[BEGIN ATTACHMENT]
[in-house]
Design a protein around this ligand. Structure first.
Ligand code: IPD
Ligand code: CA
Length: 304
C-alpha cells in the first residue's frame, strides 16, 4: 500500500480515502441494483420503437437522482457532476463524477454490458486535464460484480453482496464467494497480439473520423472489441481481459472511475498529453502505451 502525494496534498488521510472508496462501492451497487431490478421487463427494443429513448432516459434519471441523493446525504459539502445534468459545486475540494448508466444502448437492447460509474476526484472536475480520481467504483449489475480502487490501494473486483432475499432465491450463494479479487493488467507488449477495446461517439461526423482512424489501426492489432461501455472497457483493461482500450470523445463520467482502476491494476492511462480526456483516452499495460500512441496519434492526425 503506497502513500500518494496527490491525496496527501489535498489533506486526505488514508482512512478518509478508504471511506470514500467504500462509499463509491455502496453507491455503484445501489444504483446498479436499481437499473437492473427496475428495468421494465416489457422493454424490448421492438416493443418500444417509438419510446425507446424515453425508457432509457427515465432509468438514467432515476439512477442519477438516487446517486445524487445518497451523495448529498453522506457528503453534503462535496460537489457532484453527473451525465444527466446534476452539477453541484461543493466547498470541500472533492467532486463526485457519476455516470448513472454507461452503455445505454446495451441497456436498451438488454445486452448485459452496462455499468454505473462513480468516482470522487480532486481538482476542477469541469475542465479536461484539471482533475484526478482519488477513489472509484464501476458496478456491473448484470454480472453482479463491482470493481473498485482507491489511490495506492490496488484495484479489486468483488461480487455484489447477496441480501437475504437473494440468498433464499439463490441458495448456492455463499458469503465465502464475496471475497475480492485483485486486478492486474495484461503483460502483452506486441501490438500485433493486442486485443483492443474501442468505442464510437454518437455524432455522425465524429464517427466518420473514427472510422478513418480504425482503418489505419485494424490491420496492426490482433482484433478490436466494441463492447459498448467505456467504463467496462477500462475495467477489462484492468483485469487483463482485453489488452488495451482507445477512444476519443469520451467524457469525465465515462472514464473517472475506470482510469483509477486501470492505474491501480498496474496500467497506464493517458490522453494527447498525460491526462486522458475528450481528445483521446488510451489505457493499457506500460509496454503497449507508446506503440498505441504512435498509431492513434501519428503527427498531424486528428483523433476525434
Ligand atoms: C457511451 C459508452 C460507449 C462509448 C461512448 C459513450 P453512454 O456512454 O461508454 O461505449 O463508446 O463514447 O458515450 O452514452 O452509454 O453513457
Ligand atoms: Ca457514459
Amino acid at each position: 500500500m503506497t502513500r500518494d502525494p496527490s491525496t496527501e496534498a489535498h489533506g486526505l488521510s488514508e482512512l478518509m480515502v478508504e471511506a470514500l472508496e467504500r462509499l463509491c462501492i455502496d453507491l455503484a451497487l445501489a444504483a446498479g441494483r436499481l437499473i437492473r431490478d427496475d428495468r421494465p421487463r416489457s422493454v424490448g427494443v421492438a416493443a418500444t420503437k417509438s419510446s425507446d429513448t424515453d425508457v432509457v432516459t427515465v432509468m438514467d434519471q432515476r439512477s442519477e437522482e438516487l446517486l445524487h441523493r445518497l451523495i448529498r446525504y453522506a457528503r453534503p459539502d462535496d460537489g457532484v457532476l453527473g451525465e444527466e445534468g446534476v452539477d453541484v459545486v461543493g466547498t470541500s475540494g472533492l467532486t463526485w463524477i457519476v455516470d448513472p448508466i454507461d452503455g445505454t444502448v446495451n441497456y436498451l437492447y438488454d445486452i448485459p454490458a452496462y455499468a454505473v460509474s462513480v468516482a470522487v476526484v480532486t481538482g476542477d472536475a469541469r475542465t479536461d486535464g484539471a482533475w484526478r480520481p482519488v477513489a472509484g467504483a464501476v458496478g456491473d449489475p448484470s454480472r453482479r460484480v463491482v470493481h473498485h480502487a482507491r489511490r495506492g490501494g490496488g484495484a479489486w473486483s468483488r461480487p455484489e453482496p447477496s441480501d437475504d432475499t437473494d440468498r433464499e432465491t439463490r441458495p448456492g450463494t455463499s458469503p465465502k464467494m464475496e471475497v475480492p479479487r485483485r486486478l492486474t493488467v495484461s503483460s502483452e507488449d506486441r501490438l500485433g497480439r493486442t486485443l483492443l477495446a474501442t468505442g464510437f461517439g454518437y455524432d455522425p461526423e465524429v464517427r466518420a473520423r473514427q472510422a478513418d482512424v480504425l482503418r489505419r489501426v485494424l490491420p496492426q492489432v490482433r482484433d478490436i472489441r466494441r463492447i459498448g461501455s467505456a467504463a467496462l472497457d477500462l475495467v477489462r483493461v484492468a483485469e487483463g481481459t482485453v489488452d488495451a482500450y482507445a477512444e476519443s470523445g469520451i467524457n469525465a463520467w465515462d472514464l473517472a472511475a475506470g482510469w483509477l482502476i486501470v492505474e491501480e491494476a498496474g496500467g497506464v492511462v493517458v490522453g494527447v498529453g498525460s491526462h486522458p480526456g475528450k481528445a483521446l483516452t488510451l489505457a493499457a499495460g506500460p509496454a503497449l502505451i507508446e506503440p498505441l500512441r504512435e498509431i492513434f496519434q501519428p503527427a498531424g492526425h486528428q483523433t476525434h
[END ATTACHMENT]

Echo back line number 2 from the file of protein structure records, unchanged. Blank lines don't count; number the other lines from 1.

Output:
Design a protein around this ligand. Structure first.